The facts.

There aren’t many reliable stats about low-grade serous and borderline ovarian cancer. That’s because there hasn’t been enough research. Until now.

1 in 78 people with ovaries will be diagnosed with ovarian cancer in their lifetime.


1 in 10
with ovarian
cancer is
under 45.


The majority of those with low-grade serous and borderline serous ovarian cancer will experience a recurrence.

The chance of them entering remission from chemotherapy is less than 20%.

The average survival rate after a low-grade serous ovarian cancer diagnosis is 9 years.


The current treatment options for low-grade serous and borderline ovarian cancer are based on lack of data.

There is no test for the early detection of ovarian cancer.


70% of diagnoses don’t happen until the cancer reaches stage III or IV.


Many don’t notice ovarian cancer symptoms until the disease is in advanced stages.

In most cases, a diagnosis cannot be reached until after surgery.

Most surgery is exploratory to see how much cancer there is and what kind.


Most surgeries are done by a general surgeon, not an oncologist gynecologist surgeon, because there are so few.


The majority of these surgeries result in the removal of one or both ovaries, causing immediate menopause — no matter the age.

Not okay.

Self-advocacy shouldn’t be the only way to survive ovarian cancer.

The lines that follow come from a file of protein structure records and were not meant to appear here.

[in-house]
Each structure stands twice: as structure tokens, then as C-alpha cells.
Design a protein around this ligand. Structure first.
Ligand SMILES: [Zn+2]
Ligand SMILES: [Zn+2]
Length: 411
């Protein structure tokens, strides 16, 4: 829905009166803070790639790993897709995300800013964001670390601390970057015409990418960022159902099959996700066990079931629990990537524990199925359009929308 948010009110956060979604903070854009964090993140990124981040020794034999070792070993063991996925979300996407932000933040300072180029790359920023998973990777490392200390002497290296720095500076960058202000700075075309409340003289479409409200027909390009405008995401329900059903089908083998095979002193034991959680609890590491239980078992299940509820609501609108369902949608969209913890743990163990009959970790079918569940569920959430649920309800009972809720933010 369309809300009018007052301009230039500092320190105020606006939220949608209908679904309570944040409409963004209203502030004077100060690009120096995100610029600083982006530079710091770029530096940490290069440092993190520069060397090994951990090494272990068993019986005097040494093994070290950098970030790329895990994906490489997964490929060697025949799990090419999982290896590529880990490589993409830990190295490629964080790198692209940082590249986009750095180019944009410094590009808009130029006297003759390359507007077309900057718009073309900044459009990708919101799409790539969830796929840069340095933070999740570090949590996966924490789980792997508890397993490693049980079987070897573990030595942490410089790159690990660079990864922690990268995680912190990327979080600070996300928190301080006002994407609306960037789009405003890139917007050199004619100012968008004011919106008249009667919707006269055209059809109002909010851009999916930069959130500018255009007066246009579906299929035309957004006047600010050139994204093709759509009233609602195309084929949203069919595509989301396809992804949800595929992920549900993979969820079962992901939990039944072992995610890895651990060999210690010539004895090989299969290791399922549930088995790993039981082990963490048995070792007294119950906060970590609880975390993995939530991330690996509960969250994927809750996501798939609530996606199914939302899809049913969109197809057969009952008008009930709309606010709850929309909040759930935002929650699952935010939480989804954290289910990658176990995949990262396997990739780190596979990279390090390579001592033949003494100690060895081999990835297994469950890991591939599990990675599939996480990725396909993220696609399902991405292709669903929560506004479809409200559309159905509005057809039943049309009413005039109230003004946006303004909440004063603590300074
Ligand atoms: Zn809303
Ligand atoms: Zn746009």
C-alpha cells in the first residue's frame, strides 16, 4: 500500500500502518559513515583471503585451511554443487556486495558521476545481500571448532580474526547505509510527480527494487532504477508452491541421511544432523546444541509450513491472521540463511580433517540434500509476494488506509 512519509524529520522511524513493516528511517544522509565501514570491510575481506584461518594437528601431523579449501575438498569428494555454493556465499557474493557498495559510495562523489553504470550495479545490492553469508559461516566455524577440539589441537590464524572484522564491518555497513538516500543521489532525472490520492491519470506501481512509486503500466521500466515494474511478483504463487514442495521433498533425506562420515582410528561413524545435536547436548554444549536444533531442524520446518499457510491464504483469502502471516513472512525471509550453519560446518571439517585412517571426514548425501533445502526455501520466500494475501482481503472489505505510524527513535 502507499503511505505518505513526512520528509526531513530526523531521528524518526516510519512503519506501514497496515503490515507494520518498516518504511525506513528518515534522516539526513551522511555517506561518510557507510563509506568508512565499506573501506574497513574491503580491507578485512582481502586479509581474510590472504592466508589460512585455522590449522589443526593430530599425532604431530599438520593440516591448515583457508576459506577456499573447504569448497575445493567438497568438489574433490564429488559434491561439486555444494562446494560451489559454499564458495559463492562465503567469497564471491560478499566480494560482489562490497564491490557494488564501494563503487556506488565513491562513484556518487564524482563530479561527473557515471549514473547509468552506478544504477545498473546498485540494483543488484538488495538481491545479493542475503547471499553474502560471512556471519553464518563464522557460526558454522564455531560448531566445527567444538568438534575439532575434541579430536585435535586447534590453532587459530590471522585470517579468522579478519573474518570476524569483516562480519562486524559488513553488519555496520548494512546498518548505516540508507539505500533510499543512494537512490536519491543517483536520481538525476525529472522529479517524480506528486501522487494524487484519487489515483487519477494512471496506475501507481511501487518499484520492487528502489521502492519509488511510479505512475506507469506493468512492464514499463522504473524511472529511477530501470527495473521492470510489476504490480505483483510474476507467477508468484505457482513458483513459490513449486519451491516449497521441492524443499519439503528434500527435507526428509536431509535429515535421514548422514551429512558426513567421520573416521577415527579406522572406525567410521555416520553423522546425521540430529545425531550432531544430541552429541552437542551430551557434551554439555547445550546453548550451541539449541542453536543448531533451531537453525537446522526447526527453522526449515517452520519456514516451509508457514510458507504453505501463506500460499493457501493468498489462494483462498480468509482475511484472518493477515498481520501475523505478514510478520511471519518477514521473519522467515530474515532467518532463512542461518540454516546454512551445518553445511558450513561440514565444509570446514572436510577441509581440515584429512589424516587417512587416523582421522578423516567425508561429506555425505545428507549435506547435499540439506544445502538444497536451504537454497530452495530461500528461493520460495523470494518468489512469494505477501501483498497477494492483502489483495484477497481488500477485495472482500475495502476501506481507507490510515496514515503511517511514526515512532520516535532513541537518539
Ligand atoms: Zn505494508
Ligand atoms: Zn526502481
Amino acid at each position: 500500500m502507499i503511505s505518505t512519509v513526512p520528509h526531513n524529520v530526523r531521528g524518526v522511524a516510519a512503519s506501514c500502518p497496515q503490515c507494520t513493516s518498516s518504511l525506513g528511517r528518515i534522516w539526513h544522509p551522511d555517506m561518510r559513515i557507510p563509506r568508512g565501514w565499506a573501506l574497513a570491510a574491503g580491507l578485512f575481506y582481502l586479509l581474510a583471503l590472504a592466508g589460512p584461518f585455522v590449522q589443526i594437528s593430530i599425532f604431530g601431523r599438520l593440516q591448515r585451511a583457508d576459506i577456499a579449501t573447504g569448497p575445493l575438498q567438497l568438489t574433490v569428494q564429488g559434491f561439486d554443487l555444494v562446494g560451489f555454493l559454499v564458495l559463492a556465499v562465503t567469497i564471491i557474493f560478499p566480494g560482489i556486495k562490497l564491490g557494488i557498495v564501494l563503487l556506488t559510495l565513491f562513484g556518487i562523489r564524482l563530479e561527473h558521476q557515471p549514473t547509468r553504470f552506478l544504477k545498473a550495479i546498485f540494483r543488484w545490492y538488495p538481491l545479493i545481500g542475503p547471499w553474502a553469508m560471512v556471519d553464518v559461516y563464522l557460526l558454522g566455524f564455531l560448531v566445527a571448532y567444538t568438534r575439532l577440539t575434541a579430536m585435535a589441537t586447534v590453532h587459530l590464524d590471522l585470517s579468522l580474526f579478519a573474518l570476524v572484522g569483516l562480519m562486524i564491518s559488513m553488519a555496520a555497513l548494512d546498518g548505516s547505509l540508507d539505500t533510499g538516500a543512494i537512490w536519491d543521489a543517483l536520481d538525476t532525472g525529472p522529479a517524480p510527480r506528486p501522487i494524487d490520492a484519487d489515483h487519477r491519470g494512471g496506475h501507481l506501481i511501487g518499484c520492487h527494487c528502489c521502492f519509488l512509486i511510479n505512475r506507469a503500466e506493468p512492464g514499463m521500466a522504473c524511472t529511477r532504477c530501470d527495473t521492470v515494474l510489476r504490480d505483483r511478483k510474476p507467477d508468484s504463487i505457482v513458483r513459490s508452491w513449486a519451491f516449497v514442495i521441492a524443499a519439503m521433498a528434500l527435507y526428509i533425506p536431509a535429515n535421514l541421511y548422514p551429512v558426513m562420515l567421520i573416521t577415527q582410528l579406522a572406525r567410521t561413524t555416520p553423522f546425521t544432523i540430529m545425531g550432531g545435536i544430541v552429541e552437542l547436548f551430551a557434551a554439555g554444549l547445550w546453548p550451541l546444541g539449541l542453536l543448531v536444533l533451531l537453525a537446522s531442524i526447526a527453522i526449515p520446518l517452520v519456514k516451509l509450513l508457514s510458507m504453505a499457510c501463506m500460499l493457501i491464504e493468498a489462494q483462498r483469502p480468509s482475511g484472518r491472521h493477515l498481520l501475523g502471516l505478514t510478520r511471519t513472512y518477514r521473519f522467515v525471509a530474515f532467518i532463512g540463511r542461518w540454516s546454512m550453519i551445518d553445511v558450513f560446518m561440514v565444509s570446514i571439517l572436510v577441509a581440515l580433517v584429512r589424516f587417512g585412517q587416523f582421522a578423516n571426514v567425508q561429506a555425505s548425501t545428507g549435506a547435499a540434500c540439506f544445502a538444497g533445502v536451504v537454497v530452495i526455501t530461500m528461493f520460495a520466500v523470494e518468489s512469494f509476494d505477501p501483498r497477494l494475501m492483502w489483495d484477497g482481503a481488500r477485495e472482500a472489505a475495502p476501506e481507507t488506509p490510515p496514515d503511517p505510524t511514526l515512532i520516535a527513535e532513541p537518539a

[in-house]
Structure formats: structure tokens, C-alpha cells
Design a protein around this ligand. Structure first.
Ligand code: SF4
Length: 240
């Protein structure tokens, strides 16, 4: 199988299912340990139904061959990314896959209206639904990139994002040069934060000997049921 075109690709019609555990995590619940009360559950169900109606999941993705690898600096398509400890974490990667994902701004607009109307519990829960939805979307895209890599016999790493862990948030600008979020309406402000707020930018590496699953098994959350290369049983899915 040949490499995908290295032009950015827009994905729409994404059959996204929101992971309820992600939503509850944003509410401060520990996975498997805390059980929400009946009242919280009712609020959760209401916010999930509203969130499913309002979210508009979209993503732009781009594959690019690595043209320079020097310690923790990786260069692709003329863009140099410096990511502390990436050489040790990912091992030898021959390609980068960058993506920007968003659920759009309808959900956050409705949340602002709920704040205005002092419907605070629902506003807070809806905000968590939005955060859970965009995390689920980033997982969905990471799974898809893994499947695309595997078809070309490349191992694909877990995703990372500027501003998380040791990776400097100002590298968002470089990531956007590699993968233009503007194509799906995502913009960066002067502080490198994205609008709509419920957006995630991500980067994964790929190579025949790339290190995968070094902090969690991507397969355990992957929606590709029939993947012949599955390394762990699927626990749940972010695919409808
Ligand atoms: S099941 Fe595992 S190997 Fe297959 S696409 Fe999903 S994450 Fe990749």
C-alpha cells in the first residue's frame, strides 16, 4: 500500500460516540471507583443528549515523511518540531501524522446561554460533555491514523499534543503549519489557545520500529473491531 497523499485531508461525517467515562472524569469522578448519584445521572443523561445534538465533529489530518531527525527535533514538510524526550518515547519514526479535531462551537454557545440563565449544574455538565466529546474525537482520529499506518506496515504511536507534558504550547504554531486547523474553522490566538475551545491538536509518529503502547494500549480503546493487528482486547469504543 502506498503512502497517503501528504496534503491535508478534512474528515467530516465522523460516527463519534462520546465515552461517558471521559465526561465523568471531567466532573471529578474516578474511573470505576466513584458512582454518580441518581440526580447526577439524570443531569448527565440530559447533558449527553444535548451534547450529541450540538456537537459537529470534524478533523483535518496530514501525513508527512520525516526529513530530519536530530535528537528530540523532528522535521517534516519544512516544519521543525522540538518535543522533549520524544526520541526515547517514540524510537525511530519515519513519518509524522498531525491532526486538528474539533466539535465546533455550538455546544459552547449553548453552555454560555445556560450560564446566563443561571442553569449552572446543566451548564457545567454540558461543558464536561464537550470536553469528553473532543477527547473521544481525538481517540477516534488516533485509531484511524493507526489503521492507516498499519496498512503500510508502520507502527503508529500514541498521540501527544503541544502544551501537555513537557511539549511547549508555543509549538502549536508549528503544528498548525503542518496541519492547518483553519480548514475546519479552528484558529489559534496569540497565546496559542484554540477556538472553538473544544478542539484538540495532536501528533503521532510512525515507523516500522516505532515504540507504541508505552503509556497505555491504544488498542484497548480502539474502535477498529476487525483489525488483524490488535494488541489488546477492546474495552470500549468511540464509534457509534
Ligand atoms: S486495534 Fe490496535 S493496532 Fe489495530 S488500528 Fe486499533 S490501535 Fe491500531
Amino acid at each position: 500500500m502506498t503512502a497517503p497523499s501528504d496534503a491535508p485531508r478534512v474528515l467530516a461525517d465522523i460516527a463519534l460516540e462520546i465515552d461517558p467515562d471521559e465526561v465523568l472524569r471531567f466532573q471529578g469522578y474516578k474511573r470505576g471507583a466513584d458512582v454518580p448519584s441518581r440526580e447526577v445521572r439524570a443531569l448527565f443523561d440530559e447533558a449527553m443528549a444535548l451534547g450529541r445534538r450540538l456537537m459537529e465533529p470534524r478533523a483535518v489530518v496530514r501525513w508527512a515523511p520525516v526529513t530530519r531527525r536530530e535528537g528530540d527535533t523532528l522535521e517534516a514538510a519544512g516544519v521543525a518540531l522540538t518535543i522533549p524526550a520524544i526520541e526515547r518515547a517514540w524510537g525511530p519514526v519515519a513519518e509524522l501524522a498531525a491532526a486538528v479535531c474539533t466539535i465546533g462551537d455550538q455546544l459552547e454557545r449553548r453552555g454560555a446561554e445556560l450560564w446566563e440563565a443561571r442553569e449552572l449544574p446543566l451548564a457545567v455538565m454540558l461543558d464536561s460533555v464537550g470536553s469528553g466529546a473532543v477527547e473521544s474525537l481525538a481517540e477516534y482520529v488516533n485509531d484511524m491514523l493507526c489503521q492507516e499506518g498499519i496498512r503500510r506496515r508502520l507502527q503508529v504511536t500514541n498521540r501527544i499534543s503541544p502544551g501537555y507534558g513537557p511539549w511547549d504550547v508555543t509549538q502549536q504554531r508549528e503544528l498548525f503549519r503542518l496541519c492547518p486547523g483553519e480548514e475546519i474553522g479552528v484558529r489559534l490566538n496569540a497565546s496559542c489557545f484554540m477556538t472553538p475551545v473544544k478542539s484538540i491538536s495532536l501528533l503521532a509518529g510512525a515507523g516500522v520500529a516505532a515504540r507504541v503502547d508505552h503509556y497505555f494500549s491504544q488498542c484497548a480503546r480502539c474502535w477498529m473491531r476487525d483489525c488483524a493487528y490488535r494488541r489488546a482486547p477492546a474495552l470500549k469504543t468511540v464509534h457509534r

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Medical gaslighting is the #2 cause of ovarian cancer-related deaths.

The #1 cause is cancer.

Most women with ovarian cancer don’t get diagnosed until it’s too late because doctors assume their symptoms are just “woman problems”.

In fact, one study published in Academic Emergency Medicine found that women who went to the emergency room with severe stomach pain had to wait for almost 33% longer than men with the same symptoms.


45% of women surveyed didn’t think their healthcare providers took their pain seriously.

And that doesn’t even factor in race or gender identity. Women of color and trans women are statistically less likely to be taken seriously about their symptoms than cis white women.

Not okay.

Funding research and trials shouldn’t take longer than the studies, themselves.

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Participating in a drug trial doubles life expectancy.

Patients need more drug trials.

Something needs to change.
Help us change it.